I read with great interest and enthusiasm the daily Bahamas Press online news and I am constantly struck by news reports about discontent in the Bahamas, especially among young people. Either the people of the Bahamas and its youth must be living in a fool’s paradise or they must be living in some alternate universe unseen by any other person living on this planet.
As a Bahamian living several years in the UK and previously lived for several years in the United States during university, and looking forward to returning home to Nassau soon, let me make a few observations about the wider world that the Bahamian people do not seem to grasp
1. The Bahamas, cannot and does not make decisions in a nation vacuum. Every decision by government has both domestic and international impact. No where in this world, can people march in an angry mob on Parliaments and houses of debate and government and expect to be heard. There are protocols to be observed.
This new wave of shout and scream and rip to shreds form of daily radio talk show, has turned from informative and enlightening to little more than a Jerry Springer audio. We have gotten use to people shouting and ‘biggety’.
Every time I tune in on the Internet, someone is calling in a shouting about their problems that are really only their responsibility, but seek to make it a national obligation. The talk show host is shouting as well. In a country of only almost 400,000 people, many of whom are uneducated, have a chip on their shoulder from 1960 and are looking for their fair share of a pie that doesn’t exist unless you work for it, it doesn’t take much to whip the feeble minded into a frenzy.
2. Black people only, and I mean only, have a voice in black countries. If they think the grass is greener somewhere else, I invite them to go and find it. Black youth in Britain have sunk below Indians and Asians both academically and socially and this is 100% down to the negative attitudes they posses.
Black youths in Britain, are the LAST to be hired, the country expects the very least from them in terms of social and economic contribution and where they move in en masse, white people move out.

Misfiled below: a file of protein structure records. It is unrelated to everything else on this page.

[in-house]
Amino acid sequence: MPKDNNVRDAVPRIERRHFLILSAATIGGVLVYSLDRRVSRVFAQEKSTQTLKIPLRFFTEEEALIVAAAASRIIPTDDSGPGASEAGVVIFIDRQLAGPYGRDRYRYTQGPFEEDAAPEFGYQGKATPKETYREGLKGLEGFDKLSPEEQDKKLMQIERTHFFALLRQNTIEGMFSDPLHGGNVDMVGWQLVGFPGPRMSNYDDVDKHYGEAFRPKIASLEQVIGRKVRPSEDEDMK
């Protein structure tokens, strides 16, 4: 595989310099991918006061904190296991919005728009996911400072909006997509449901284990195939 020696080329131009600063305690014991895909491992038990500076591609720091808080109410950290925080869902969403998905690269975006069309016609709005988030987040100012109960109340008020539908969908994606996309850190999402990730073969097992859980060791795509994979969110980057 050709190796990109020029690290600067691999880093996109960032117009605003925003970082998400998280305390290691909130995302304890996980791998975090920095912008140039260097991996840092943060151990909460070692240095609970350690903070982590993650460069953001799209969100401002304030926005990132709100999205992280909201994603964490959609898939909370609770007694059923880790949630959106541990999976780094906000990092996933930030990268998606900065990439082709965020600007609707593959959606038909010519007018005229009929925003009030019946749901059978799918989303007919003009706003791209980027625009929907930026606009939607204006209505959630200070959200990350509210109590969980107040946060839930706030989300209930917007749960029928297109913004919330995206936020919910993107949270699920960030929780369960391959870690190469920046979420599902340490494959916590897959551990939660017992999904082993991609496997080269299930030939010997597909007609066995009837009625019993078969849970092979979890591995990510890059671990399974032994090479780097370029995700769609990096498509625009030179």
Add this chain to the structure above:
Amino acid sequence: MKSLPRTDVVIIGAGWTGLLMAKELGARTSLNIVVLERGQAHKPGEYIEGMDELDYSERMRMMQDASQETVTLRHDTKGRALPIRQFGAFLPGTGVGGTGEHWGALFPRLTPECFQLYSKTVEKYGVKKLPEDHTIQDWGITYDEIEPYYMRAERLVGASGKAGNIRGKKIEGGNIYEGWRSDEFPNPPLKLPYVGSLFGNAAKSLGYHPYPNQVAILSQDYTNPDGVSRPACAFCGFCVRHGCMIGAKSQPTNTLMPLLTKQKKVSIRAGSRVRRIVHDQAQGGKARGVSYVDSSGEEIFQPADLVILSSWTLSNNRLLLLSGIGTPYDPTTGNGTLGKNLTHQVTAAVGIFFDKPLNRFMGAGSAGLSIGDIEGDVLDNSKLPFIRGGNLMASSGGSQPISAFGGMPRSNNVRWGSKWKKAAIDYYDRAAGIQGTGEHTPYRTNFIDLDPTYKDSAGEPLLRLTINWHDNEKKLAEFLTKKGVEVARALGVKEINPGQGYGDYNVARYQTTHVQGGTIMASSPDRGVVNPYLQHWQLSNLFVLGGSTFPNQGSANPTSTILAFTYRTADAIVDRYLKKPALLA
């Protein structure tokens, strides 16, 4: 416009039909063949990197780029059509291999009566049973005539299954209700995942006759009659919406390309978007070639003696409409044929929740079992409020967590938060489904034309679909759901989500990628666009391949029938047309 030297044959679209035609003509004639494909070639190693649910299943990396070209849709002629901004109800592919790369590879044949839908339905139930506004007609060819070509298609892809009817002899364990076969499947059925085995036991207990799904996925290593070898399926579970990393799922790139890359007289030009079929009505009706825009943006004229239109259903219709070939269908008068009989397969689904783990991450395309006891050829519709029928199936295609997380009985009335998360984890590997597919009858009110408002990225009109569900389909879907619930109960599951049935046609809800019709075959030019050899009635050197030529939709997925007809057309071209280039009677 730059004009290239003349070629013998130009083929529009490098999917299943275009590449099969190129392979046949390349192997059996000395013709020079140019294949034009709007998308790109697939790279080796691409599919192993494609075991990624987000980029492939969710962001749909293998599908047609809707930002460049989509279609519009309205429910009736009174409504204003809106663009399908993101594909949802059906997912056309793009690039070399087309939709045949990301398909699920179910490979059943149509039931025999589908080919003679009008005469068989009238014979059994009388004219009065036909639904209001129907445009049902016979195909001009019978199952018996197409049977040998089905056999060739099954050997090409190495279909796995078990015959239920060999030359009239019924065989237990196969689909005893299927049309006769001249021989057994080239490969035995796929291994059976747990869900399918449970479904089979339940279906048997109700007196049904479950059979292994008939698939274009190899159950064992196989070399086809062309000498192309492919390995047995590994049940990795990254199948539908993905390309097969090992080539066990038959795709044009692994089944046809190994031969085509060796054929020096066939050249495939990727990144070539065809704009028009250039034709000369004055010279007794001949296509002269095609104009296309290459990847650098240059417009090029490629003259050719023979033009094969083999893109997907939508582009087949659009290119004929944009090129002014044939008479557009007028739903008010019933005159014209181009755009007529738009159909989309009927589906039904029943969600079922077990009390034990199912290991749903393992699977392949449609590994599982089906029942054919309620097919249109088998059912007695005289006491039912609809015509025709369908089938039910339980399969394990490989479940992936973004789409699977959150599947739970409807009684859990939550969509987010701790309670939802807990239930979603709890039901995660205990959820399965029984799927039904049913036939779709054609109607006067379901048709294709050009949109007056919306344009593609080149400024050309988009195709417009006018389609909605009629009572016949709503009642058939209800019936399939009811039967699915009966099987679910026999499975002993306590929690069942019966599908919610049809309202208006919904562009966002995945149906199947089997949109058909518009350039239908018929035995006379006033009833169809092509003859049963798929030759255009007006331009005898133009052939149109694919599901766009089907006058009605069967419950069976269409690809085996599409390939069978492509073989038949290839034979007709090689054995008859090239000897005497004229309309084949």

3. The gimme generation of the past is still alive and well in the minds of parents who pass down this ‘beggars where’s mine for nothing attitude’ to their children. They want everything but contribute nothing save their gripes and complaining for the world to see how black nations cannot govern themselves peacefully and orderly.
4. All I read is the constant, unending, flowing sea of negativity. Is there nothing of good and purpose flowing from our shores? You have Bahamians abroad watching and reading the news ready to come and bring their children home but WHERE IS THE GOOD. The international press reads this stuff as well. We are killing the image of the country. Killing it!
I have met British people here that have chosen to invest in the Bahamas by buying homes and investing in shares in Bahamas Petroleum. They are more optimistic for the Bahamas than Bahamians.
5. Beware of the Johnny come lately’s that would seek to destabilise the country. There are people mixing and meddling in the politics of the country who are only permanent residents. They have homes elsewhere in the world. Bahamians only have one.
6. Students do not want to pay higher fees, residents don’t want VAT… Is this a joke? I didn’t realise the Bahamas intends to run on milk in the future. These are the same people that happily go the US and UK and pay their taxes and fees and do not blink an eye. In the UK, in addition to VAT, there is annual income tax and monthly Council Tax ( local tax) that pays for roads, schools, police, street cleaning, garbage collection etc. Student fees started off at £3,000, then £6,000, now £9000 and soon will be £12,000 because as Prime Minister David Cameron said, those who will benefit the most, must bear the cost.
7. What is killing the Bahamas is our attitude…. Our attitude is killing the nation and we are passing it on to our children. Our bitchy, rip to shreds attitude that we have for other black people is the worst trait we carry as a people. We call white people ‘sir’ and black men ‘fella’. I see people refer to the government leaders and black businessmen as ‘those fellas’ but NOT ONE PERSON I have seen on Facebook and the online blogs refer to ANY WHITE BAHAMIAN as anything other than their name with Mr or Ms in front of it.
8. Progress is a group sport. Have you ever seen a team win a game with half of the players tearing the other half to shreds? I do understand the mindset of young Bahamians. I know the older ones are upset that they aren’t all millionaires but the youth is a puzzler. We are teaching them NEGATIVITY AND BEGGARISM. They have the Internet and books and the world at their fingertips but choose to gripe instead of create. We had bulky outdated encyclopaedias at home, they have the world in their bedrooms and it is still not enough. What will be enough for them? Free everything… A free big house… A free big car… Free money… Free of responsibility life???? What…
9. How this government, and indeed the ones of the future, intend to turn this around, I don’t know. I know that we have become our own worst enemy and if the mindset does not change, a hundred years from now, a hundred government administrations from now, will still see black Bahamians living in beggarism ( my made up word) and dragging the chains of ‘gimme’ to hand over to the next generation.
10. “If we leave the next generation with our old attitudes, fears, our hang ups, our blindness, and the limitations imposed by the past, we have left them with nothing .
If we leave the next generation with a belief in their potential, a framework for progress and a map drawn toward new possibilities we have left them with everything .”
Nicole Roberts BA, MBA, LLM